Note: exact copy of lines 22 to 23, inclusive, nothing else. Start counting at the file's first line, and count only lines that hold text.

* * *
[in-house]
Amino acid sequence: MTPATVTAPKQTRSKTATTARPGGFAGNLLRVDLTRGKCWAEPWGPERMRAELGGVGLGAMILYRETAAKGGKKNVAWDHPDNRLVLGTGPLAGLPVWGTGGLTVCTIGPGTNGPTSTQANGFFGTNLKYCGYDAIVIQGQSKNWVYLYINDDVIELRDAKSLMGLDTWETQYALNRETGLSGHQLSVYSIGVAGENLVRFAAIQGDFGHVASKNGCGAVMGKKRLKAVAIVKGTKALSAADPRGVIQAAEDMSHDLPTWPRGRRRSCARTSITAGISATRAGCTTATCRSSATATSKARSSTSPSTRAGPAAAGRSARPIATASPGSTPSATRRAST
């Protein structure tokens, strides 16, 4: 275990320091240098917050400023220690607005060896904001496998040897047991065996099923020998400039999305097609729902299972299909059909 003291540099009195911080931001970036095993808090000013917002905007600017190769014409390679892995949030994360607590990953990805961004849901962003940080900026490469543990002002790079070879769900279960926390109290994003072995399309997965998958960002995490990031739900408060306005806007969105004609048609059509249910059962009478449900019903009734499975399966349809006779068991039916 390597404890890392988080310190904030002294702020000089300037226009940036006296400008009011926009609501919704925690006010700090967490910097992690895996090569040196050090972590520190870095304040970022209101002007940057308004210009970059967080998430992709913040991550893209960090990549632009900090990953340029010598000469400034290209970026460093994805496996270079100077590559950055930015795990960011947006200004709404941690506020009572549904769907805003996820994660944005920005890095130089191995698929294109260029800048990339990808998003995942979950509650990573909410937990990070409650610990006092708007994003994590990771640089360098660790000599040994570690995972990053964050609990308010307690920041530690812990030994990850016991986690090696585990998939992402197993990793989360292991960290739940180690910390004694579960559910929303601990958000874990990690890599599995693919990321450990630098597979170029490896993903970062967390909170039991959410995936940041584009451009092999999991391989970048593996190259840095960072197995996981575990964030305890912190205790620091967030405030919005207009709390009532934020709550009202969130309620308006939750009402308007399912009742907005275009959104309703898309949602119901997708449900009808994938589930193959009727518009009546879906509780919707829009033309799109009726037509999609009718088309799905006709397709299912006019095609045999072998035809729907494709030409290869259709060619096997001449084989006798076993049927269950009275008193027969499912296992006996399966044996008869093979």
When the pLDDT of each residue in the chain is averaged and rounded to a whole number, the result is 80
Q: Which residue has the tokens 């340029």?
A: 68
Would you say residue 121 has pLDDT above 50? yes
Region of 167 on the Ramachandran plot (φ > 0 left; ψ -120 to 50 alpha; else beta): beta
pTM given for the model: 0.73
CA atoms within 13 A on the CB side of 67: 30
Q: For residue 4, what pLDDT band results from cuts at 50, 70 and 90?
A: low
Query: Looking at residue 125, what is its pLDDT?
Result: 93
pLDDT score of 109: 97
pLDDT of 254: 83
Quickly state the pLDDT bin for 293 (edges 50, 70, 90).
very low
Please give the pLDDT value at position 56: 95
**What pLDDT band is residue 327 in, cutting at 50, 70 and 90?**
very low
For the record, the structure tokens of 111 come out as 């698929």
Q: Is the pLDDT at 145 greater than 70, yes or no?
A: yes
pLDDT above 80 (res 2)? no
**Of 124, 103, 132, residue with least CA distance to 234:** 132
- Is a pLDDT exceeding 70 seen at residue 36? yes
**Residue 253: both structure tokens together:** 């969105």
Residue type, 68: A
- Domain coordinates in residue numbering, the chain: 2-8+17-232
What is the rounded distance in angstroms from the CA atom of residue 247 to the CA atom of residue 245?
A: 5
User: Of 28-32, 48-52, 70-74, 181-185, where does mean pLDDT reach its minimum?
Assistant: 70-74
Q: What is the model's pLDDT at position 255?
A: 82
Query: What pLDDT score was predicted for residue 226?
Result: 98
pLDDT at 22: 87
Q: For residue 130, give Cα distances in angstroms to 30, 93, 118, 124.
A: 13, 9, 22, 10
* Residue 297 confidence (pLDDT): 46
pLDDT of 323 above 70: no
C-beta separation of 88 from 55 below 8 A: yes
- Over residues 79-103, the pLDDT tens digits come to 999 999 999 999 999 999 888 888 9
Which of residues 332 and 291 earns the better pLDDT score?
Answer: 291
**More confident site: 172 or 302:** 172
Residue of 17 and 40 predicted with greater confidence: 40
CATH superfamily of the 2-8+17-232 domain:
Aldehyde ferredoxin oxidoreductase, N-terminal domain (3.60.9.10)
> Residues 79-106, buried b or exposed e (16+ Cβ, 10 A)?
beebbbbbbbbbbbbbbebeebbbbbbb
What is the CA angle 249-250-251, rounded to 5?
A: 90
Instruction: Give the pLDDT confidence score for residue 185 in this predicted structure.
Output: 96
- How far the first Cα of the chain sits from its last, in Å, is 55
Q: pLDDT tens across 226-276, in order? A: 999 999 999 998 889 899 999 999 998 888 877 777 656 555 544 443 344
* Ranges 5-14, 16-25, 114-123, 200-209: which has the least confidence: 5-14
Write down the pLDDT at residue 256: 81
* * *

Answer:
For the record, the structure tokens of 111 come out as 């698929």
Q: Is the pLDDT at 145 greater than 70, yes or no?